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How to marry contemporary and indigenous arts - the Ilonggo experiment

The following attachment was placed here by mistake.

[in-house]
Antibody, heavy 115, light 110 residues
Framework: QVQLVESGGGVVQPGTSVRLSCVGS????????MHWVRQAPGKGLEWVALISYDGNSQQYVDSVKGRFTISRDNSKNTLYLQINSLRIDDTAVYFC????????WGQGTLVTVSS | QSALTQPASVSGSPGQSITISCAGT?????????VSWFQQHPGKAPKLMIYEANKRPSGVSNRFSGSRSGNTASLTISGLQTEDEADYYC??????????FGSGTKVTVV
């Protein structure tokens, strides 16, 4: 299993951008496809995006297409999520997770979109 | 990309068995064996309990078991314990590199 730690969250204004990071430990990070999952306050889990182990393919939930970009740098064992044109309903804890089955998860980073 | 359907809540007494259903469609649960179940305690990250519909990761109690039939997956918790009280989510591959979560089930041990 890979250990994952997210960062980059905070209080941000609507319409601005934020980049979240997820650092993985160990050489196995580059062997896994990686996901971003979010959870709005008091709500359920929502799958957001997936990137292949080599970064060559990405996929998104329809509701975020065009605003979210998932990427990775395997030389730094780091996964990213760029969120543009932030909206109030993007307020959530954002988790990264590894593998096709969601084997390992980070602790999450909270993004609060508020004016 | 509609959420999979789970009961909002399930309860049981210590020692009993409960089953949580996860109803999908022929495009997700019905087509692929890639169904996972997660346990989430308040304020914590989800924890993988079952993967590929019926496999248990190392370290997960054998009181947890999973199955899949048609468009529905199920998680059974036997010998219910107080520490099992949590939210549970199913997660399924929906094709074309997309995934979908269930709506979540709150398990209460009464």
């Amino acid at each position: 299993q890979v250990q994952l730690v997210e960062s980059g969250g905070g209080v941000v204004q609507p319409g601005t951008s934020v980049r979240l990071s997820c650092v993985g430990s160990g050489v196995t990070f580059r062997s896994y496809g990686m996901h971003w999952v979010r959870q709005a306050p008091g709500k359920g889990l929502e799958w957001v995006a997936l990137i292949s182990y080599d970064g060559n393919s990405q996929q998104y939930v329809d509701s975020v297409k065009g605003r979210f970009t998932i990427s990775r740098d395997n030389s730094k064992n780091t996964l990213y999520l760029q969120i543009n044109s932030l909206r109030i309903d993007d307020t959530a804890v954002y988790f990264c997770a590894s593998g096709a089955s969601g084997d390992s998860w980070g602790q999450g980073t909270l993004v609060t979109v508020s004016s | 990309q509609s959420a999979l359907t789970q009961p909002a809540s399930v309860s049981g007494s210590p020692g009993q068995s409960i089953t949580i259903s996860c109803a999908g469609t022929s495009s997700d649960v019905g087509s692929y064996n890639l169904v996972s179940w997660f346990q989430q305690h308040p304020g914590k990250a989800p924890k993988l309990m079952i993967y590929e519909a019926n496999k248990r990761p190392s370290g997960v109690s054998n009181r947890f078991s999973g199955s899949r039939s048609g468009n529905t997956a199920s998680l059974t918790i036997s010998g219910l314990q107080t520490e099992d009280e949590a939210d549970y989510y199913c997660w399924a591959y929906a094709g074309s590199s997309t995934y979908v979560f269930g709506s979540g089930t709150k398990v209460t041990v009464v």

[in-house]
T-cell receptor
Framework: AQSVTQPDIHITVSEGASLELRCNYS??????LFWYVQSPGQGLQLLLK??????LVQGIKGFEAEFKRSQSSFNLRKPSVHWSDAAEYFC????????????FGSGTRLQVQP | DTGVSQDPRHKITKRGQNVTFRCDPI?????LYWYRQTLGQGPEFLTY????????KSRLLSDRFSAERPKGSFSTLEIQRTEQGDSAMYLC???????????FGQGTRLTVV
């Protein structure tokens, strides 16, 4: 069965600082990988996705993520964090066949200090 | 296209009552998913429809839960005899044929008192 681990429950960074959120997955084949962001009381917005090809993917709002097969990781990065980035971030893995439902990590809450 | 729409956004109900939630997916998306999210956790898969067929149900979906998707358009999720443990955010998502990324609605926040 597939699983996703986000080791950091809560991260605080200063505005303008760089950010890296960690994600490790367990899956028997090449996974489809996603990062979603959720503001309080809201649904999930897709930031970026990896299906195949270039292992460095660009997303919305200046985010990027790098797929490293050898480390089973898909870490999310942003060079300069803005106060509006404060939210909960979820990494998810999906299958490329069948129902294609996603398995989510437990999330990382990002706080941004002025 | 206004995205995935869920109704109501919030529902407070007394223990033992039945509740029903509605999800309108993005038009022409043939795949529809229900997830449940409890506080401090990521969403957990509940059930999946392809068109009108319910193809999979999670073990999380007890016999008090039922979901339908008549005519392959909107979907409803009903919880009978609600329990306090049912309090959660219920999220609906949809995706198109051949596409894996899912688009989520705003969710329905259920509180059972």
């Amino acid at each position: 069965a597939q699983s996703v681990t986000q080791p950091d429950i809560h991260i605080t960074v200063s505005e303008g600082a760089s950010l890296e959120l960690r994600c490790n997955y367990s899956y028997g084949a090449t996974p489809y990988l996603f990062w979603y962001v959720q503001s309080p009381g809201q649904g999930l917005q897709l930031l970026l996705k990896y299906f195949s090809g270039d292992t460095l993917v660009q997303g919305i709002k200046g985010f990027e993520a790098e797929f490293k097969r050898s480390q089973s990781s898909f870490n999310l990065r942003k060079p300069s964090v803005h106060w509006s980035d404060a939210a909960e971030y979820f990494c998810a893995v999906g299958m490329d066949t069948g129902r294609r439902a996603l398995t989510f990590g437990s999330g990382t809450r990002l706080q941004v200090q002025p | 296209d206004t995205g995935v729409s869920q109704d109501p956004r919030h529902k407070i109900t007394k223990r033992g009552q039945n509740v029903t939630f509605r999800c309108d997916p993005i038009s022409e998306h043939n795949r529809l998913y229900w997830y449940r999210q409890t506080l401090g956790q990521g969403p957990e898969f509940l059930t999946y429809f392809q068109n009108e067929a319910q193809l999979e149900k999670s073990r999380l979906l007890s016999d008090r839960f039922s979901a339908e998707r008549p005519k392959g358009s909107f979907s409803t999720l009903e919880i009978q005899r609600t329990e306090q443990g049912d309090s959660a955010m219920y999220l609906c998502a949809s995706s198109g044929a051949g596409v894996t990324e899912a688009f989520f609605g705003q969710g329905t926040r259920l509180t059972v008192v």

Late last year in the Phillipines' second oldest city, Iloilo, a defunct indigenous cultural festival was resurrected. The 2001 Ilonggo Arts Festival might have been concerned with ancient and indigenous culture but the methods it used to expose that culture were distinctly contemporary. Performers recited traditional poems on local radio, ritual dances were performed to a backdrop of more than one hundred modern paintings and installations, and the event's key conference explored the impact of globalisation and information technology on indigenous cultures. Hazel P Villa was there and reported on how the 2001 Ilonggo Arts Festival managed to integrate indigenous, folk and modern Ilonggo art in its ten-day program. This feature article was first published in February 2002, and has been reproduced with kind permission of the Phillipines’ National Commission for Culture and the Arts (NCCA) Features department. ILOILO CITY – Ten consecutive days of free entrance to quality arts exhibits, cultural shows, workshops and conferences this middle of November has left Ilonggos, visitors and the participants themselves appreciating the uniqueness and possibilities of Ilonggo culture. Resurrected from six years of hibernation for lack of financial support, this year’s 'Hublag (Movement): The Ilonggo Arts Festival' saw Panay Bukidnons delivering ambahanons or chants, and aetas performing ritual dances in a huge setting that had more than a hundred modern paintings and installations as backdrops. Cultural performers recited the binalaybay and composo (Ilonggo forms of poetry) that was aired on a local AM radio. Folk ensembles performed at the PNB Multi-Use Hall in downtown Iloilo City. While all this was going on, arts workshops and conferences on West Visayan culture and heritage were held in other venues in the city. The extravaganza of free shows and activities may have been hectic and taxing for the participants, but they were thankful for the revival of interest in Ilonggo arts and culture as the events were organised by the Arts Council of Iloilo Foundation Inc (ACIFI), in co-operation with the National Commission for Culture and the Arts (NCCA). 'When the festival was discontinued [six years ago], it left a void that was sadly felt and bewailed, not only by artists but also by the community, particularly the schools whose students found in the festival to be a rich opportunity for cultural education,' said ACIFI Chair Gaudelia Doromal. A grant from the NCCA was the saving grace that gathered Iloilo’s artists to once again showcase the best of their works and performances, 16-25 November 2001. Experimental Approach 'Hublag 2001' was experimental in its approach to integrated indigenous, folk and modern Ilonggo art. As proof of its media diversity, the roster of activities included film appreciation, through the works of historic Cine Ilonggo, one of the Philippines’ few active groups engaged in the production of regional films, and the activities of the Panay Bukidnons and the Aetas, two of Western Visayas’ biggest cultural minority groups. NCCA Commissioner Romeo de la Cruz, who is an Ilonggo, said in his speech at the opening ceremonies that it was the artists who moved that Hublag be revived with the help of the NCCA. 'NCCA has to think of schemes to help artists and cultural workers. Hublag now is different from other shows and exhibits it did before because it is integrative in approach – there are conferences and dialogues between indigenous peoples and those in the mainstream arts,' said Commissioner de la Cruz. Federico Caballero or Tay Pedring, the 63-year-old Panay Bukidnon awardee of the 2000 Gawad Manlilikha ng Bayan gladly delivered a short ambahanon or chant at the opening ceremonies. 'Waay duman ti huya huya mga kaibhanan ko hay ginasapak ka gobyerno amon kultura (My companions are not anymore ashamed because the government has given attention to our culture),' Caballero told this writer in his native kinaray-a after his performance. On the second day of Hublag, it was the Aetas’ turn to show and explain to the public their folk beliefs, dances and even medical practices to the delight of school children and some visitors from the US Embassy. Some members of an Aeta tribe from Hamtic, Antique province performed the Pandang Pandang, which is about the Aetas’ peaceful wanderings around Panay Island. They also did the courtship dance Kuratsa and the ritualistic Samba that called on the spirits to heal a sick person. In the evenings, visitors were treated to performances by Iloilo’s local bands like 'Tingug ni Nanay (Mother’s Voice)' and folk ensembles. This mostly drew in the young set who, on other non-festival days, have to pay considerable entrance fees to watch their favorite bands play. Art enthusiasts, aspiring visual artists and creative writers attended the free workshops of esteemed Ilonggo artists such as Palanca award-winner Peter Solis Nery, terracotta specialist Alan Cabalfin, visual artist Alan Rivera and choreographer/dancer Annie Divinagracia-Sartorio. Fifteen-year-old Hannah de Anas, a dance student of the Iloilo National High School’s Special Program for the Arts said she was elated at the number of activities and the respected Ilonggo artists who did the workshops. Conferences at the Festival The conferences at 'Hublag' tackled prevailing trends related to history and culture as well as the need for the preservation of heritage sites in Iloilo City. The Center for West Visayan Studies of the University of the Philippines in the Visayas organised the 12th Conference on West Visayan History and Culture centering on the theme of 'Arts, Crafts and Information Technology.' The impact of globalisation and information technology on the survival of indigenous arts and culture were discussed. Of particular importance to natives of Iloilo City was the Heritage Talkshop on 'Revitalising the Central Business District' in co-operation with the Iloilo City Cultural Heritage Conservation Council(ICCHC) and the Canadian Urban Institute. Iloilo City, being the Philippines’ second oldest city had the burden of preserving its old buildings, heritage sites and historical landmarks in downtown Iloilo City. Some of the buildings that dated back to the Spanish era and the early American period are in danger of being torn down. At the Heritage Talkshop at the PNB on 20 November 2000, architect Manuel Tingson of the University of San Agustin updated participants on their project of cataloguing the buildings in Mapa, Guanco, Aldeguer, JM Basa and Iznart streets. He said they are in the process of cataloguing 22 buildings. These include the International Hotel that has a neo-classical design, the Antillan-inspired balay nga bato and the Cacho Building, known for its local baroque architecture. Former City Councilor José Junio Jacela who passed an ordinance to preserve the heritage buildings by declaring them as the 'Iloilo Heritage Zone' said it would be tragic if these landmarks bit the dust because they spoke of Iloilo’s cultural influences. The ICCHC said all is not lost for the heritage sites and buildings if they worked fast enough in preserving these. The ICCHC’s job of cataloguing buildings and structures along the old central business district is funded by a 175,000 peso grant from Ford Motor Company. After this has been done, the ICCHC said it would meet with the building owners and discuss ways of preserving their buildings. The series of conferences, workshops, performances and exhibit has made Ilonggos proud of their capacity to appreciate and preserve their heritage. The efforts have not remained unnoticed. 'The festival gave the West Visayan artists a venue to assert their identity as it showcases their talents and most distinctive work. It further promotes unity and co-operation among themselves, to bring about their integration with modern artists as they are brought together in one festival,' wrote veteran Ilongga writer and columnist Dr Vicky S Primero. All may not have been perfect at the 'Hublag 2001' because some schedules and venues were confusing and the venues subject to last minute changes, but it got the Ilonggos excited that 'Hublag' was not only resurrected – it also gave them hope that Ilonggo arts, heritage and culture has regained its lost direction. First published in NCCA features.